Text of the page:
Working with The Emotions

Todays blog piece comes from Tweeter @ivavnuk who felt compelled to write something after reading our post by Colby Pearce last week.

I’ve just read the excellent Colby Pearce article (read here) where clearly the experience he has in writing is shining through with it being so well crafted, but it is an excellent insight too.

Its something I had wondered in reading adopters and prospective adopters accounts through Twitter. There are people who clearly meet that balance but there are people who seem wide of it.

My experience of childhood trauma is that the affects of abuse run deep and are very likely to be carried into adulthood, and being able to take a place in society isn’t helped by having your ‘failings’, ‘weaknesses’, and ‘abnormalities’ emphasised. For clarity ‘failings’, ‘weaknesses’, and ‘abnormalities’ were how I as a ‘worthless’ child viewed my issues – and not a view I am ascribing to anyone else.

Was it Jackson Brown who sang, ‘don’t point out my failings – I know them too well’ ? Certainly a child with critically low self esteem is ripe ground for taking support that they are worthless and full of problems.

Yet there seems a prevalent mindset, perhaps borne of trying so hard to understand a child’s issues’ ?, where those issues are taken to be that child’s defining feature. A new behaviour is noted and seems almost too readily ascribed to their trauma. Like Woody Allen mistaking a leak through his shirt pocket from his pen as being a malignant melanoma – it may just be an ink stain.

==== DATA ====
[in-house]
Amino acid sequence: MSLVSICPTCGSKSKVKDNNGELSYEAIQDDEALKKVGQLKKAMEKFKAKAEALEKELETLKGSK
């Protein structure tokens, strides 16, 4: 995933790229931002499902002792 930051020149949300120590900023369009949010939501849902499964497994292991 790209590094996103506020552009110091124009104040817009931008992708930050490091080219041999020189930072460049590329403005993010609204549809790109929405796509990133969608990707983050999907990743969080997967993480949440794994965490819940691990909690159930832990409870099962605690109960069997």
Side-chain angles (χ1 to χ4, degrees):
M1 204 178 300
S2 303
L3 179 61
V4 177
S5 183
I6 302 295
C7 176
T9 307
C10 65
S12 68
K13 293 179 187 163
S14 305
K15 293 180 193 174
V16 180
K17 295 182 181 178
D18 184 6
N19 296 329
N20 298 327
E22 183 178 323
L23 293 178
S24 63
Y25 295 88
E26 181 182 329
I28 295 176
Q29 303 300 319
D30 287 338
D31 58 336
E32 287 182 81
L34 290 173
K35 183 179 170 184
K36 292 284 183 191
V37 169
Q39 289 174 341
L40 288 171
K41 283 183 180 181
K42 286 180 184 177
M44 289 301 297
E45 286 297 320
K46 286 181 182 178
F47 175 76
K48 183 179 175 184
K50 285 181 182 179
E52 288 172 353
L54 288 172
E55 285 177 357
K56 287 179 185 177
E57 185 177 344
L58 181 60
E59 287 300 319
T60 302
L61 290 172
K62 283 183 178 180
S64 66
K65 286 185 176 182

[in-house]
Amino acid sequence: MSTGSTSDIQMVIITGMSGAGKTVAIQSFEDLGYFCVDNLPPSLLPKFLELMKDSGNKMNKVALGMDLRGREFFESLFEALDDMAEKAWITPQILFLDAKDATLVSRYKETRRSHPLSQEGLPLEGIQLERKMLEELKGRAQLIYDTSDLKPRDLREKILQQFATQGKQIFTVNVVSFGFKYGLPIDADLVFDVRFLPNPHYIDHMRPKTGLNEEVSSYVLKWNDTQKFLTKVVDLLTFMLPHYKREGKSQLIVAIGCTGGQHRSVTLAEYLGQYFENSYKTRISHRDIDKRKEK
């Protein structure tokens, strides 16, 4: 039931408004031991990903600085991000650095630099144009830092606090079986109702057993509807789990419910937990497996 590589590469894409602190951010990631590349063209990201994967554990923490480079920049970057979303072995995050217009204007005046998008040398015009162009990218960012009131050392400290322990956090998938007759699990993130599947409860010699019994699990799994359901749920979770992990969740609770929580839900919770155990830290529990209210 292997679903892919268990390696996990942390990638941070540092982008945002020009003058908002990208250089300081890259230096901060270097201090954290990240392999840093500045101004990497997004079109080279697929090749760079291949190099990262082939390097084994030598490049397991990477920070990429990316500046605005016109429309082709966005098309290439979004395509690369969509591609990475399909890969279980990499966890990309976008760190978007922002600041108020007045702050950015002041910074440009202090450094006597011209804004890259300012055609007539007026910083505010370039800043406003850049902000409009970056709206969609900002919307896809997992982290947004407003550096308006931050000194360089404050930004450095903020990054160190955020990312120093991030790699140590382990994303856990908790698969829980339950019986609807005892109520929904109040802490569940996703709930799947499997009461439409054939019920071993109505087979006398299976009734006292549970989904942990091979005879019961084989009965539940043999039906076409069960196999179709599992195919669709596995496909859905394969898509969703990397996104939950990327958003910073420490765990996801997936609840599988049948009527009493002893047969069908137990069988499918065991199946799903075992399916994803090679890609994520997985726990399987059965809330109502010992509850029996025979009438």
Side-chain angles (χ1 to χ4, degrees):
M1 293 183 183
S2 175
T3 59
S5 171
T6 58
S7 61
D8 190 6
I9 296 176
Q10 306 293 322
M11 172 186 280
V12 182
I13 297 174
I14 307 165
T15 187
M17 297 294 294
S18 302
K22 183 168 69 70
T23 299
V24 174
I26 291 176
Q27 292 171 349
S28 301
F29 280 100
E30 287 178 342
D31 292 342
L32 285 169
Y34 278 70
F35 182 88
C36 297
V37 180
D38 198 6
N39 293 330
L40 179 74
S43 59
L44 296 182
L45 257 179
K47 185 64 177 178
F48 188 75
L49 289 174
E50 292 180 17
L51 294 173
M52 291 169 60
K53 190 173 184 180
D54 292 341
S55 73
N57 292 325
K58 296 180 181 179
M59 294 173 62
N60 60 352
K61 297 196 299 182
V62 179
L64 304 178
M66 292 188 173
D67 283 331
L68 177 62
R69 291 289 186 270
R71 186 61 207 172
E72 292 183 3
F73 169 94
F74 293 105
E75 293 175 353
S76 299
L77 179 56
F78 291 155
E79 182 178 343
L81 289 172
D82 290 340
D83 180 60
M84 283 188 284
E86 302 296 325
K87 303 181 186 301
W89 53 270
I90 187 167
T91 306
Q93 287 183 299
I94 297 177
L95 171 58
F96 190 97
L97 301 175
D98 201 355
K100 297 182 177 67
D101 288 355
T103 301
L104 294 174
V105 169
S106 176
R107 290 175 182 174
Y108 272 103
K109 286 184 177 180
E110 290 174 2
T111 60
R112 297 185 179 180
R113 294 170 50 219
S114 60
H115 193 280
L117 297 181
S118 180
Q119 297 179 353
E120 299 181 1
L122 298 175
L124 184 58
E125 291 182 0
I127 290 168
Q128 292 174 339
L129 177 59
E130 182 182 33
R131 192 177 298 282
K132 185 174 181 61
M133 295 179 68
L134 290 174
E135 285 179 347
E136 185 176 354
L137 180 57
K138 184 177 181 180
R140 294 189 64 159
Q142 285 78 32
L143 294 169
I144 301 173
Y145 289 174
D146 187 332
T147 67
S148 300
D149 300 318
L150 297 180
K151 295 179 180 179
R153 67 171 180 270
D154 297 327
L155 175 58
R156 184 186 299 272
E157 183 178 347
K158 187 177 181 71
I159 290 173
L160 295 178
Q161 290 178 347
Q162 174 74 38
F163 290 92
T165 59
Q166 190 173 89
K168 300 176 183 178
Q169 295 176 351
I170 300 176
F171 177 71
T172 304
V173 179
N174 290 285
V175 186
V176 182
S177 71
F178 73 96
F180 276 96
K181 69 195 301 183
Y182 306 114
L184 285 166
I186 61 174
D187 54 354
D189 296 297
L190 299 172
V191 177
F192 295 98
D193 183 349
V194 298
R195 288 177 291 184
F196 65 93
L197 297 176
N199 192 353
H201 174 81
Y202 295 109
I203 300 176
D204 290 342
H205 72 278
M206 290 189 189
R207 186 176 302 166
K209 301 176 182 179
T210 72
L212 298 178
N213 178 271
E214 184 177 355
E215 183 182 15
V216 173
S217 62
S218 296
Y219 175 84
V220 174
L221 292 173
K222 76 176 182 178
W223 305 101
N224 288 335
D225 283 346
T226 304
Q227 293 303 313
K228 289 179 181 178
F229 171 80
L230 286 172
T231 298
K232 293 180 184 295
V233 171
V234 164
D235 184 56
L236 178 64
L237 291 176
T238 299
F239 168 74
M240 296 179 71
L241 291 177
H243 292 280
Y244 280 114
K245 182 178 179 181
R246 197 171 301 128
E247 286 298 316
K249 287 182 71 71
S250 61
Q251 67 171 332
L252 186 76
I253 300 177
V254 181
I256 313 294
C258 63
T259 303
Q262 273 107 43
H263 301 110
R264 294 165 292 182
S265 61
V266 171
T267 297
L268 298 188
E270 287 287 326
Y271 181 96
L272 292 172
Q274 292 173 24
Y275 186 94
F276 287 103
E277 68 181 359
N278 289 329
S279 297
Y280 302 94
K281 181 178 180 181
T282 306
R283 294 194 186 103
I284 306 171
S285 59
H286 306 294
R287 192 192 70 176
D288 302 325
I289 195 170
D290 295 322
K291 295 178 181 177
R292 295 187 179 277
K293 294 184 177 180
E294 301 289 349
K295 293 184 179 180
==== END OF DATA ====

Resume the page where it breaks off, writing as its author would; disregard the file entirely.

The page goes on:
It may even be a melanoma – but not malignant. Some effects of trauma can be carried into adulthood and not be defining or over encumbering.

mahakala-6armedIn fact they can be empowering. Nietche said that we start life as a camel, and the role of a camel is to have burdens put upon it. The camel then goes into the desert where it is transformed into a lion – the bigger the burden, the more powerful the lion. The rest of his transformative analogy is beyond the scope of this waffle – but the point is that your wounds become the source of your wisdom. Accessing that starts with knowing that you are not solely defined by those wounds, or at least seeing value in them. Another of Nietche’s phrases was ‘Careful you cast out your devil – it may be your best part’.

I’ve read where people talk with frustration of the root of their child’s behaviour being mistaken by others for normal development rather than trauma. Normalising it is the phrase.

Yet there is a balance there in not making your child feel they are abnormal and there is merit in others seeing them as normal.

It reminds me of the story about a mental health institute patient who was convinced he was a spy and awaiting some important mission – a stream of doctors had tried to convince him he wasn’t and encountered deep conflict over it, the patient becoming more distressed and the doctors more certain he needed to be contained. Then one day a maverick therapist snuck into his room and said ‘Look, I’ve not long before they find me – I know who you are. Whats important is that you tell no one you’re a spy, just take your place in society, and if we need you – I will return, have you got that ?’ The chaps is said to have agreed, been validated, and took his place in society and lived happily ever after.

The goal is to have a happy life amongst other people.

Trauma I’m familiar with seems to have the greatest impact at an emotional level. Understanding and labelling that seems of secondary importance, perhaps even of only mild interest or even no importance. Great big emotions sweep you away regardless of what your conscious mind might understand. What does help is coming to understand that you are the space in which those emotions play out and not those emotions or thoughts they are manifesting through. ‘You are not angry – you feel angry’ is an empowering change of view – it creates space so that choices about what to do start to arise.